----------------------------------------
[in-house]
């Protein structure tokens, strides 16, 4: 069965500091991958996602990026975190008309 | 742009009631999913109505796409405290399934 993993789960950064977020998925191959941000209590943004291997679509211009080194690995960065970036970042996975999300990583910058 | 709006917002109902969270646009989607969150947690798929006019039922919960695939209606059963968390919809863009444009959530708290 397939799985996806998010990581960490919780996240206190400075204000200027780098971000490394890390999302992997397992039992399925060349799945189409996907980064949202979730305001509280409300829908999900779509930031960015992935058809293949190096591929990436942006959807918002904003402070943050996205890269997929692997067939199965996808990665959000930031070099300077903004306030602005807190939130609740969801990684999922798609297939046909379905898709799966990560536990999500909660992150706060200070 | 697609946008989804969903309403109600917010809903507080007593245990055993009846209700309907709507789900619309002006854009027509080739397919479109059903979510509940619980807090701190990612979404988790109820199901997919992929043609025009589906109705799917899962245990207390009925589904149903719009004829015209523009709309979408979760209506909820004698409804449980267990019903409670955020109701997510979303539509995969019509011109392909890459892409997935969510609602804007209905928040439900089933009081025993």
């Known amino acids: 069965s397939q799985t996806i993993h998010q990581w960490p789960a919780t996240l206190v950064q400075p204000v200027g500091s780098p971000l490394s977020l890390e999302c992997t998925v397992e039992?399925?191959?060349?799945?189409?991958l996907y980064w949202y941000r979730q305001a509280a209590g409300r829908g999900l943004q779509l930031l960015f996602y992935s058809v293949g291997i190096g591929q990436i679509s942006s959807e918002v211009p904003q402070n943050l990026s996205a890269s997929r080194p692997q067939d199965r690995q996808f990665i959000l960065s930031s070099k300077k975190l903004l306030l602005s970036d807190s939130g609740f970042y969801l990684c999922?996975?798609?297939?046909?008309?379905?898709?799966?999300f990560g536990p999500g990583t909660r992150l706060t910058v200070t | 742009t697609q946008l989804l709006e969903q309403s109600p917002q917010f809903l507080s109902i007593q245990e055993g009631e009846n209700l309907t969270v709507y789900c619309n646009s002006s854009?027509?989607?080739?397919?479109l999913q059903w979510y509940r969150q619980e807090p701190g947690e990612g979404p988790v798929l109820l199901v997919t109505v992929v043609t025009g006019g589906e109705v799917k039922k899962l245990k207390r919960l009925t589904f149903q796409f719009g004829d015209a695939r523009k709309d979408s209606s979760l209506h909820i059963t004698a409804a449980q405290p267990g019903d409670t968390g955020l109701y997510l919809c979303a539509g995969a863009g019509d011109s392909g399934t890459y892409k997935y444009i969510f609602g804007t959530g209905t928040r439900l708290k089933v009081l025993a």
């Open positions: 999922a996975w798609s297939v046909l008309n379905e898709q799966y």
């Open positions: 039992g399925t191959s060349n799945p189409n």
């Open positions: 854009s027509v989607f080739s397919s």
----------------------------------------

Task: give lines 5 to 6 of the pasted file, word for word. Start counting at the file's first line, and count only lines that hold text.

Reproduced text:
């Open positions: 039992g399925t191959s060349n799945p189409n």
């Open positions: 854009s027509v989607f080739s397919s």